I also joined “Paskuhan sa NBP” (Christmas at the New Bilibid Prison) organized every year by human rights workers and advocates under SELDA (Samahan ng mga Ex-Detainees Laban sa Detensyon at Para sa Amnestiya or Association of Ex-Detainees Against Detention and For Amnesty) on 21st, December 2006. There are 20 political prisoners still inside the NBP as of this year. Recently, 3 prisoners have been released, they are Modesto Tobias, Julito Tobias, and Ramil Orgasan; all were in prison for 17 years.
The New Bilibid Prison (NBP) is located in Muntinlupa, south of Manila. We started from Karapatan office at 7.00am and arrived at 9:30 am, we were given until 3:30 pm to finish our program inside NBP. The group was composed of 25 people. We brought food, presents, etc for the detainees. We were not allowed to bring cell phones inside the prison, but they let us brought the cameras. The objectives of this program were to gather families and friends of the political detainees on Christmas day, to strengthen and also to share the latest information out and inside the prison. During the program, I recalled one political prisoner making an interesting speech saying, “Yes, it is true that we are inside this prison now, but when we are released from this prison, we will enter the bigger prison that is the Philippines nation, because there is still no peace and justice out there”. Hearing this statement led me to ask questions of the reality of life outside prison.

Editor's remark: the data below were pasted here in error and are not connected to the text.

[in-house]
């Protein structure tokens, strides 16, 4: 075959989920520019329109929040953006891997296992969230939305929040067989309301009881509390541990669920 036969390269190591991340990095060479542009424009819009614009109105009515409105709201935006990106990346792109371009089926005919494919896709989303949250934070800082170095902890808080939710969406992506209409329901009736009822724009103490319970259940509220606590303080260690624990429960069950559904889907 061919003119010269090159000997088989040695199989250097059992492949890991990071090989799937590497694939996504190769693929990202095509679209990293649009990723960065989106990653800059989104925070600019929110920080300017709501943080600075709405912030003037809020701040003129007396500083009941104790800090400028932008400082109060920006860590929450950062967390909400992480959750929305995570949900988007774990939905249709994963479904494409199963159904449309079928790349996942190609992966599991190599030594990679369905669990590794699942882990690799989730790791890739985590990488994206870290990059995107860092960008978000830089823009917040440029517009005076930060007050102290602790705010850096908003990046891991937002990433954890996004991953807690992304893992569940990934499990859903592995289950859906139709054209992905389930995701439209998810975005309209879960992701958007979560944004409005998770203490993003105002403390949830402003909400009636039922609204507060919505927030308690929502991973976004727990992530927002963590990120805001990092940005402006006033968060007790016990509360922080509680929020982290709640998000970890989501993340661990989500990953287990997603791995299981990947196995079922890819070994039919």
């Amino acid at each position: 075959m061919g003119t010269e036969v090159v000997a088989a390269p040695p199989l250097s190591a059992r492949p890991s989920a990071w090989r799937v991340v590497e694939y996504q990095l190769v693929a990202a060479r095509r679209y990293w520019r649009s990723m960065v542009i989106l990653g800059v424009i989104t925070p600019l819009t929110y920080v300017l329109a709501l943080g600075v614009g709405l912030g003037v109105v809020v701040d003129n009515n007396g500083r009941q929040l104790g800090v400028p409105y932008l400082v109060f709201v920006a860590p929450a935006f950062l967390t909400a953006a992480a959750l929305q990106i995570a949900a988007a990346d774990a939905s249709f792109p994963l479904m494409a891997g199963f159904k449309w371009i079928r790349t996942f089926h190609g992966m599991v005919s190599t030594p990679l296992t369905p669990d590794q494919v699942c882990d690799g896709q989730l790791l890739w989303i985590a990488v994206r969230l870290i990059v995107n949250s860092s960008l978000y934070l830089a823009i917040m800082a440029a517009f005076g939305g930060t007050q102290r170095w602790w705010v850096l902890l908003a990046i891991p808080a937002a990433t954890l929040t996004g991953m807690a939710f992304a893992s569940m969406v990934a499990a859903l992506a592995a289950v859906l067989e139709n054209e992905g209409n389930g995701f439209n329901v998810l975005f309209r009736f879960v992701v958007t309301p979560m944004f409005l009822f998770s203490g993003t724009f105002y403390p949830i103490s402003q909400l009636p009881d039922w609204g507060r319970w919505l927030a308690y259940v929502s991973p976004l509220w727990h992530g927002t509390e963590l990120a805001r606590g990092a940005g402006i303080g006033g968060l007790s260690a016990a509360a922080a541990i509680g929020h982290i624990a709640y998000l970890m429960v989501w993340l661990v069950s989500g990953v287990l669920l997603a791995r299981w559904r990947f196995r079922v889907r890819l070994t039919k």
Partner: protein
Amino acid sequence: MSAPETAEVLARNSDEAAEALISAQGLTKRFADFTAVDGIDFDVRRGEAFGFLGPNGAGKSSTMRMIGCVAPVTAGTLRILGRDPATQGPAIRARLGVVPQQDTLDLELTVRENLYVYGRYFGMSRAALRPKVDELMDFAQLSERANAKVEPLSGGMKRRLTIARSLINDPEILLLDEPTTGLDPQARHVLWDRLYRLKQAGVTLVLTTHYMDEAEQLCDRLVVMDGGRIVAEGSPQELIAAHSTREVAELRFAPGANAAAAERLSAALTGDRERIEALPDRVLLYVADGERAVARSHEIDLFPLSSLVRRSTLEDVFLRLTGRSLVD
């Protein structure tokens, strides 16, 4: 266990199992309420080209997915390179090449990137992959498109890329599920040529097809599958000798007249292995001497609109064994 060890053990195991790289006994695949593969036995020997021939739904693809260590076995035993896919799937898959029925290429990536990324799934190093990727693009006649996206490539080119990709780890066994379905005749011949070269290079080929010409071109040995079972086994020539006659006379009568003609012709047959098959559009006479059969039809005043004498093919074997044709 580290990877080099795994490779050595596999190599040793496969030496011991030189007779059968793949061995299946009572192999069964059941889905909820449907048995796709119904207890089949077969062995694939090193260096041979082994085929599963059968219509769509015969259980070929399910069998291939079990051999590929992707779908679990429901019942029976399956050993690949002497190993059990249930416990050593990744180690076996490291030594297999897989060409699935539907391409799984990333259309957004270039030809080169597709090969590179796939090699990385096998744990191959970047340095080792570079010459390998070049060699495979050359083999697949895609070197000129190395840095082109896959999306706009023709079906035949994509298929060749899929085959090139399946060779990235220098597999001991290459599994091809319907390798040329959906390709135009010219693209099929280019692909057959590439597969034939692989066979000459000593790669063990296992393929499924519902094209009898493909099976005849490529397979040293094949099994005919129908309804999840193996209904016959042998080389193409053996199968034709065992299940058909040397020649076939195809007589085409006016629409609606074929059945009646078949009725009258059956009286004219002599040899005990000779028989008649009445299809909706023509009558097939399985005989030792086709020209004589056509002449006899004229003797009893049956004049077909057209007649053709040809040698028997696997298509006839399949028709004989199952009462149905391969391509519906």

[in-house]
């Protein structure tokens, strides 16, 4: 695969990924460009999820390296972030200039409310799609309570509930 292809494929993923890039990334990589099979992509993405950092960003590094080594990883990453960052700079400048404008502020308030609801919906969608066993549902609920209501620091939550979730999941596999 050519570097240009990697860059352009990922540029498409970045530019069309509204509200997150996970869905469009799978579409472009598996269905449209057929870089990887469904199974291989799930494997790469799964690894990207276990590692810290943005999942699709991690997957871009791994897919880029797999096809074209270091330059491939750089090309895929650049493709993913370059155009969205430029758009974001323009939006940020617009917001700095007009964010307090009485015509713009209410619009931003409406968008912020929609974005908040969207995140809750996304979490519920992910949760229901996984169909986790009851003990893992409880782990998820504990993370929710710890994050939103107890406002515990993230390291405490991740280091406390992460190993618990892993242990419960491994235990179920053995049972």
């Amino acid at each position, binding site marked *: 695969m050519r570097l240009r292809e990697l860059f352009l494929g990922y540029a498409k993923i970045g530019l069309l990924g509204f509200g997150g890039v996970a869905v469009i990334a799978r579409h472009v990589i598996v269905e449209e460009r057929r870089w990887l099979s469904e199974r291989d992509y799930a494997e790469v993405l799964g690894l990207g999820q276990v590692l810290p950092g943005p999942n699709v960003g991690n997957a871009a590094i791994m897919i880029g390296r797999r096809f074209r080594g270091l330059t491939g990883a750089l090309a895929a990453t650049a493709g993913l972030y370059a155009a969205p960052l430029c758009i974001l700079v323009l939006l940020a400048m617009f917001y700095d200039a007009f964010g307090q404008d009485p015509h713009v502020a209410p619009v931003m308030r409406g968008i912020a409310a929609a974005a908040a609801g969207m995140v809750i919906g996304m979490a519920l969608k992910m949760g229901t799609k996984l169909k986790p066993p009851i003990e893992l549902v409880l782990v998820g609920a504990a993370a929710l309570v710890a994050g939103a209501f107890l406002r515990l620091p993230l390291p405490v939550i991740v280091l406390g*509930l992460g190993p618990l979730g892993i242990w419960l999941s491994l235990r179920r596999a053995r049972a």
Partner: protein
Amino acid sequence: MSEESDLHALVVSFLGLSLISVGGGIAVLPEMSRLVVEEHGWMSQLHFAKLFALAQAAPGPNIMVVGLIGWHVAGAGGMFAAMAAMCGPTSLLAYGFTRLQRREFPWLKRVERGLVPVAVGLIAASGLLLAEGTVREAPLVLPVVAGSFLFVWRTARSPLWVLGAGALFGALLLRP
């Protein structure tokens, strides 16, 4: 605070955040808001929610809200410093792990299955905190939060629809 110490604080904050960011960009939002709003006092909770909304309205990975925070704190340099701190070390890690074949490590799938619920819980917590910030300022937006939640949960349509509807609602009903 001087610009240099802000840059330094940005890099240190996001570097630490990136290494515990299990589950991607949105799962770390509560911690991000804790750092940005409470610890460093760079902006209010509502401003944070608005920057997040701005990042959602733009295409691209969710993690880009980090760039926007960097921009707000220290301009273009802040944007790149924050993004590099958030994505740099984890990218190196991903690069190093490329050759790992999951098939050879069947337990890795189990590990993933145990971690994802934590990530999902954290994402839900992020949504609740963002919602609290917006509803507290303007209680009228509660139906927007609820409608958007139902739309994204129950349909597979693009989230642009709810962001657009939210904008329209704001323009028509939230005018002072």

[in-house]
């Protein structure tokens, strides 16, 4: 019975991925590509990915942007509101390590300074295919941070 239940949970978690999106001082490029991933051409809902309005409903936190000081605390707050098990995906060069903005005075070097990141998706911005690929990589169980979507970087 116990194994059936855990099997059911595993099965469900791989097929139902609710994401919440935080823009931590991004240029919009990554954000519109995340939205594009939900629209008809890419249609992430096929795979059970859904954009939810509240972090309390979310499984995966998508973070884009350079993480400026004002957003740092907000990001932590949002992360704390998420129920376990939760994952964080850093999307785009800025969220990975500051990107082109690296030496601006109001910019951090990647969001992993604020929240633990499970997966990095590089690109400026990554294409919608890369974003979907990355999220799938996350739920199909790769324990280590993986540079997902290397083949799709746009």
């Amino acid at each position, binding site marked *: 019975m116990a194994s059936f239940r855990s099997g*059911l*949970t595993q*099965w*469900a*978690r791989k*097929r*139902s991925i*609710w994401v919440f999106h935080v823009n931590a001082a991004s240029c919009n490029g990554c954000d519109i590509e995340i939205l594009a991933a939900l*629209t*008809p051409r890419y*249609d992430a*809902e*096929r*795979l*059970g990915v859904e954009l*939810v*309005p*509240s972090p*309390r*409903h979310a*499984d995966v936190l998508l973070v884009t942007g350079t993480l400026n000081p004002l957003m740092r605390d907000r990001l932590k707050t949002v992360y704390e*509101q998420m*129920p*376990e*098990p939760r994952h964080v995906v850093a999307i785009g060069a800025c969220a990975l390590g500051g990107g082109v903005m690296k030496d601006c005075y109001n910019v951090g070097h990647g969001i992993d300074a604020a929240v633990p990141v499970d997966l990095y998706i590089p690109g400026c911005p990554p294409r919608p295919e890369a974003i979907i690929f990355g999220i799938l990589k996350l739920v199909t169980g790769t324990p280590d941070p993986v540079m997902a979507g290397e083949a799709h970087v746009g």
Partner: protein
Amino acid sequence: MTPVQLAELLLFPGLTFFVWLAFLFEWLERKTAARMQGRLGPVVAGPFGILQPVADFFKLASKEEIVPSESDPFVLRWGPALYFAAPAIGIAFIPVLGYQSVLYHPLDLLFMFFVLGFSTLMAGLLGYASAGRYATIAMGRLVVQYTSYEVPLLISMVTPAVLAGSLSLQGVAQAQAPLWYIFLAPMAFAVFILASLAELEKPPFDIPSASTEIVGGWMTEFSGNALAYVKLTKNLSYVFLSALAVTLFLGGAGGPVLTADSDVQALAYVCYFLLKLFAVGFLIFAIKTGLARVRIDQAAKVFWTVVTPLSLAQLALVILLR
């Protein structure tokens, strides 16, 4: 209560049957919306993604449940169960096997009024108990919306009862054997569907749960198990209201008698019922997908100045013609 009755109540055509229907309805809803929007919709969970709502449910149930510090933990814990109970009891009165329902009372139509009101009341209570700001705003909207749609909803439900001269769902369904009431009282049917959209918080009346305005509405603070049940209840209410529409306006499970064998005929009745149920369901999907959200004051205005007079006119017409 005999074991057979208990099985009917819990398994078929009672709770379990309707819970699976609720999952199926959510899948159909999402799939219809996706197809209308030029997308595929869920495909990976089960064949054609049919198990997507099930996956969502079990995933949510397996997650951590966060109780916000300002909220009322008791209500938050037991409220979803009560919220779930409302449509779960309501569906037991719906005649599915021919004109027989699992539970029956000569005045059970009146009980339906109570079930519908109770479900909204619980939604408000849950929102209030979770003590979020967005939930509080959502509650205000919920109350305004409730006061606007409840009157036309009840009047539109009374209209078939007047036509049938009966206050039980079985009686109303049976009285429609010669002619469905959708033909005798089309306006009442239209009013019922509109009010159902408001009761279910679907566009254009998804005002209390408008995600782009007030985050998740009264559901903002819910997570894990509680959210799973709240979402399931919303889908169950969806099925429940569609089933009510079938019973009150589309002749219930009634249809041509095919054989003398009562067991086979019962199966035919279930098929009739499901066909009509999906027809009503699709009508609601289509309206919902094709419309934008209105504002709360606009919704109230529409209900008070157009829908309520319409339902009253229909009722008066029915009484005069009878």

There are still a lot of human rights violations that I am unable to mention one by one in this short report. At least 4 people have been killed since I arrived 3 weeks ago, and the number of political killing, abduction/kidnapping, harassment, massacre, forcible displacement, etc related to the human rights violations keep rising every day. Most of the attacks were carried out by unidentified assailants on motorcycles, at times wearing face masks, who were often described as “vigilantes” or hired killers allegedly linked to AFP (Armed Forces of Philippines) members. Who can stop these? When it will be stopped? I believe it is not only happening here in the Philippines, it might also happen in my country, Indonesia, or in your country.
“No one may be deprived of these rights and freedoms, whether by virtue of race, color, class, ethnicity, gender, creed, political, or other opinion. Anyone violating these rights and freedom violates not only the rights of the victims but also their human dignity.”